6. I volunteer in my kids elementary classrooms in a public school. The children are frequently out of their seats working on projects individually, in pairs, or small groups. Teachers also let the younger kids onto the playground for short unofficial recesses when they are getting squirrely and need a break.

    Teachers are also going to “flexible seating”. One third grade classroom has no desks, but has a variety of seating like a couch, chaise, stools, and cushions. There are also a couple of tables at different heights for sitting on the stools or on the floor.

    To assume that if it isn’t PE time the kids are confined to a desk and chair is incorrect.

    Also art and music aren’t necessarily active classes. Even PE can be pretty structured and spend a lot of time listening to instructions.

    1. I teach 6th grade in the US at a public school in California and this is exactly how it is at my school. I use flexible seating in my classroom as well as fidget cubes and spinners for my learners who are kinesthetic (although I have a class set because they ALL love using them). I do agree that the younger students get a lot more recess time, but we have PE each day with a full hour of PE on our minimum days once a week after lunch. I like to rotate between different sports for PE. Right now we’re in our volleyball phase :-) Our school luckily has a lot of clubs (like a Fine Arts Club) all run by teachers who take time after school to hold meetings/host events, etc. I do agree the budget cuts have been terrible all around, especially for middle school concerning the arts (at least in our district).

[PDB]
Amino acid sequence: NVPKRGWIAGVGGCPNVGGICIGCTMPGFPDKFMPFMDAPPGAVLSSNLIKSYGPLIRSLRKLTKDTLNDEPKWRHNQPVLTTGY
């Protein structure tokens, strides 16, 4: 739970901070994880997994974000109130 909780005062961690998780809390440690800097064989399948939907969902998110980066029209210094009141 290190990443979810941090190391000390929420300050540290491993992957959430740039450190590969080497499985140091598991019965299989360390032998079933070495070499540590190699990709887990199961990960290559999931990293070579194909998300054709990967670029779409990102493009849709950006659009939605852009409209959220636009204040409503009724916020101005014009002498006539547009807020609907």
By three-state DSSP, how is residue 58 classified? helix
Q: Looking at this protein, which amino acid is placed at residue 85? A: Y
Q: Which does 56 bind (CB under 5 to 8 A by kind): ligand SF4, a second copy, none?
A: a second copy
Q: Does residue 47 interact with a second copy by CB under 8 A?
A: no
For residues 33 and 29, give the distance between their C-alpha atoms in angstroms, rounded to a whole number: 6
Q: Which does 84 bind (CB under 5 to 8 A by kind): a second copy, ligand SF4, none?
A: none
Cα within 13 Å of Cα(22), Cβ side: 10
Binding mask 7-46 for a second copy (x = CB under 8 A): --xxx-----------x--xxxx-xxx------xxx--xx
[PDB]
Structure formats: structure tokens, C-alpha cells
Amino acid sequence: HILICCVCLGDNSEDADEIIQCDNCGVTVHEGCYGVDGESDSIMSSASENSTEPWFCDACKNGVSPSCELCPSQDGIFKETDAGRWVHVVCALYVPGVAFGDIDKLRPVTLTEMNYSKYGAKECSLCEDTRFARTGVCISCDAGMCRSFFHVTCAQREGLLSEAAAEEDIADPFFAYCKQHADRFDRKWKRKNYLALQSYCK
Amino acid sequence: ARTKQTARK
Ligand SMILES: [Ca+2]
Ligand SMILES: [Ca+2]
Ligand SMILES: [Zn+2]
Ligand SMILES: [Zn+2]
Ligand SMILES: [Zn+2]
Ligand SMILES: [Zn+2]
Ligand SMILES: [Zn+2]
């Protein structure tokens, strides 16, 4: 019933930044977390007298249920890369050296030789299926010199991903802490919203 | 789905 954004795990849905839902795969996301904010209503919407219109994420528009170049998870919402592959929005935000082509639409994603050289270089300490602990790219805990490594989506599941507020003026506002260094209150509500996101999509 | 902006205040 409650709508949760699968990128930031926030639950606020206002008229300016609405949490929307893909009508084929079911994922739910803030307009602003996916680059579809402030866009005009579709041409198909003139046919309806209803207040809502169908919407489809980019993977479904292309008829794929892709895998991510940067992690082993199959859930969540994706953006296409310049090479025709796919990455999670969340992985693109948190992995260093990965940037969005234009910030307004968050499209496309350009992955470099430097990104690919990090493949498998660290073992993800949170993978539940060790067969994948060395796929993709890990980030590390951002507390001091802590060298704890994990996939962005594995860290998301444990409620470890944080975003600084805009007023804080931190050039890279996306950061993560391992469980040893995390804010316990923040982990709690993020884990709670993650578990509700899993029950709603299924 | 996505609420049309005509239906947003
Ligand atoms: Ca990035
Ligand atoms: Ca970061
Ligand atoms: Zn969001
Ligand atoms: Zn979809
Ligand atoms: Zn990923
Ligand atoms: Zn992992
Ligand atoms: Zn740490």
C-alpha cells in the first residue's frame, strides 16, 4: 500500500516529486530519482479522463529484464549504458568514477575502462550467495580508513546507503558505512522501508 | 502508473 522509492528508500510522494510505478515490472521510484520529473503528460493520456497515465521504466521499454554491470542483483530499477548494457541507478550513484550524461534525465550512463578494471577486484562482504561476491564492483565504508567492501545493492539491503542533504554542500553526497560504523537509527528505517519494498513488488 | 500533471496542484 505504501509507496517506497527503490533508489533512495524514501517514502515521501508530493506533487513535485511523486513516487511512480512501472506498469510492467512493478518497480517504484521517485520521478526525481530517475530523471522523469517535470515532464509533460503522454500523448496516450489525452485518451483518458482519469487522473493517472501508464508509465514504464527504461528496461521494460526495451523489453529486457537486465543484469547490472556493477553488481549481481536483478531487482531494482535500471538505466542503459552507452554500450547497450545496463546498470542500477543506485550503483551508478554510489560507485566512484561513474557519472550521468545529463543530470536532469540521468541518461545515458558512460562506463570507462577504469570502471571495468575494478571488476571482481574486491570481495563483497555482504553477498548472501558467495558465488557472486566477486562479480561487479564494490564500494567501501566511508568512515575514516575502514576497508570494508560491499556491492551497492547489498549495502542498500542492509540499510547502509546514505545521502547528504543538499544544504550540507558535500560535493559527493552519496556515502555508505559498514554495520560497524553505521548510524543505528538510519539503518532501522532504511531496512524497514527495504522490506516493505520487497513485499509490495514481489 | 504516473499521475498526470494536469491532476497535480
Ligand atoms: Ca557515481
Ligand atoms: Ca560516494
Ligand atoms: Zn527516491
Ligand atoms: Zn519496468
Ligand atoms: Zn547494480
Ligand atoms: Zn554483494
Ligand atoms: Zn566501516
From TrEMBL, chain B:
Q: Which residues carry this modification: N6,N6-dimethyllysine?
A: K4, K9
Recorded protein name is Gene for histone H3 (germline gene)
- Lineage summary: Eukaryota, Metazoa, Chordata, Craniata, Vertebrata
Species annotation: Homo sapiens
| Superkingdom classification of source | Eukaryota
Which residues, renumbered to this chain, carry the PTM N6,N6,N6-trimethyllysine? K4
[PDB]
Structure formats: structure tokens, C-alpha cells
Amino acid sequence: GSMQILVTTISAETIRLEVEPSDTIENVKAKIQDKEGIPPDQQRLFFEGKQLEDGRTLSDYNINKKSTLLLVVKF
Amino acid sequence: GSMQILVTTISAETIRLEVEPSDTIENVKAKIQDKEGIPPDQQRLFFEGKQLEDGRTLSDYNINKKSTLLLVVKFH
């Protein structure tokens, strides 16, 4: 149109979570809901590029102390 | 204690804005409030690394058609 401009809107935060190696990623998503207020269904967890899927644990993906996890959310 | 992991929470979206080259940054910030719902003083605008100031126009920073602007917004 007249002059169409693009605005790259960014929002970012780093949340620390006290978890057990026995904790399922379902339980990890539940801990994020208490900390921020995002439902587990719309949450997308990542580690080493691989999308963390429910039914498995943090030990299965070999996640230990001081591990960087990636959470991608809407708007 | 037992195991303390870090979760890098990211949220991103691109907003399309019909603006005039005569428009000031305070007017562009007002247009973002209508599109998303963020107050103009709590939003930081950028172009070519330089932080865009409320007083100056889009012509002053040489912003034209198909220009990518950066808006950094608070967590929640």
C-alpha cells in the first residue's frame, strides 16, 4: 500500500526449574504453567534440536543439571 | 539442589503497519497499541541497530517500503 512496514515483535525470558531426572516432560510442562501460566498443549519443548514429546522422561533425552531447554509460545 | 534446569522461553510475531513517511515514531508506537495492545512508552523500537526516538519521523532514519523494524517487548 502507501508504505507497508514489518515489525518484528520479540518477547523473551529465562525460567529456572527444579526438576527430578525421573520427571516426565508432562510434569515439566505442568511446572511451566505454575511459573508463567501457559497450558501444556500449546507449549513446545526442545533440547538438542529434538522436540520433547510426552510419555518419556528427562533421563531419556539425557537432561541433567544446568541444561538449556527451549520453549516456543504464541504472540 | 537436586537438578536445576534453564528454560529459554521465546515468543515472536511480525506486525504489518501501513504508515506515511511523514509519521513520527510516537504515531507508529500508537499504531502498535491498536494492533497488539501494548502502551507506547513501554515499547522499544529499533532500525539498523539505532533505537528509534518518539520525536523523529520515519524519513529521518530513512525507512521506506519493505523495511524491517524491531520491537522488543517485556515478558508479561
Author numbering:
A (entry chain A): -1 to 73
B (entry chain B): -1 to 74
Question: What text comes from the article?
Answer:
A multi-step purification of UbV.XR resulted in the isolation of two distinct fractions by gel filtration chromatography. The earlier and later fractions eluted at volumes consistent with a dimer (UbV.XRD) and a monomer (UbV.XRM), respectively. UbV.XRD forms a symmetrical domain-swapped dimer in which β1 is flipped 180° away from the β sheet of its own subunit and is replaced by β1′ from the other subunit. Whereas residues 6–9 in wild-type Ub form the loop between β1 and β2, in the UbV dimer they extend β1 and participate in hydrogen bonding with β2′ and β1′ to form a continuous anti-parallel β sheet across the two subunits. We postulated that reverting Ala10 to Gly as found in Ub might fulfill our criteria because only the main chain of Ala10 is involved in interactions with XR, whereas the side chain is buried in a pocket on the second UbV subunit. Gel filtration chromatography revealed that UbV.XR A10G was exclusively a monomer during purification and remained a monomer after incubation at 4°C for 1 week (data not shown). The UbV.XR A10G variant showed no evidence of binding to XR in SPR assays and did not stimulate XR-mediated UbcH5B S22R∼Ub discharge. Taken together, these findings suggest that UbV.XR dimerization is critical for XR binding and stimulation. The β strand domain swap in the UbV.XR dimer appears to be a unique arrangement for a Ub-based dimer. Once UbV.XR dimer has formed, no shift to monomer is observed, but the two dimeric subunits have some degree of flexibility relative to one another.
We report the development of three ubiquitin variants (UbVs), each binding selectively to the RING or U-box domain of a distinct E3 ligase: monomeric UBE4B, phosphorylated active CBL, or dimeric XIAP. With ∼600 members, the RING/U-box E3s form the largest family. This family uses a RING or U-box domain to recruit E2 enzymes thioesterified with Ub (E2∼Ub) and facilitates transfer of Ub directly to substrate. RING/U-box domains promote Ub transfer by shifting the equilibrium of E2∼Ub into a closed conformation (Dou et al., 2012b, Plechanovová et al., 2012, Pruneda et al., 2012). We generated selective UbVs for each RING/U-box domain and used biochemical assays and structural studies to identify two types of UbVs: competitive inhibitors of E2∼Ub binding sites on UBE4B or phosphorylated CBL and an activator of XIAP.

2. The difference I have seen here in comparison to our school in D.C. is that while the students are in the classroom, they ARE all seated at desks for the lesson. But they have FAR more lessons that are not like that during the week than they ever had in the U.S. — in addition to P.E. every week, my kids also have 3 hours of “Games” per week, which is essentially sports practice for the sport of that term, and they have shop class/cooking class, art class, drama class, music class, and 85 minutes PER DAY of lunch/recess/break. Plus they switch classes several times a day. They simply move more and have FAR more classes that are movement-based than they did at home, and that is what I think has made a difference for my kids. At their school near D.C., they did do projects and walk around the classroom when it was appropriate, but they WERE seated at desks in a class for way more hours there than they are here.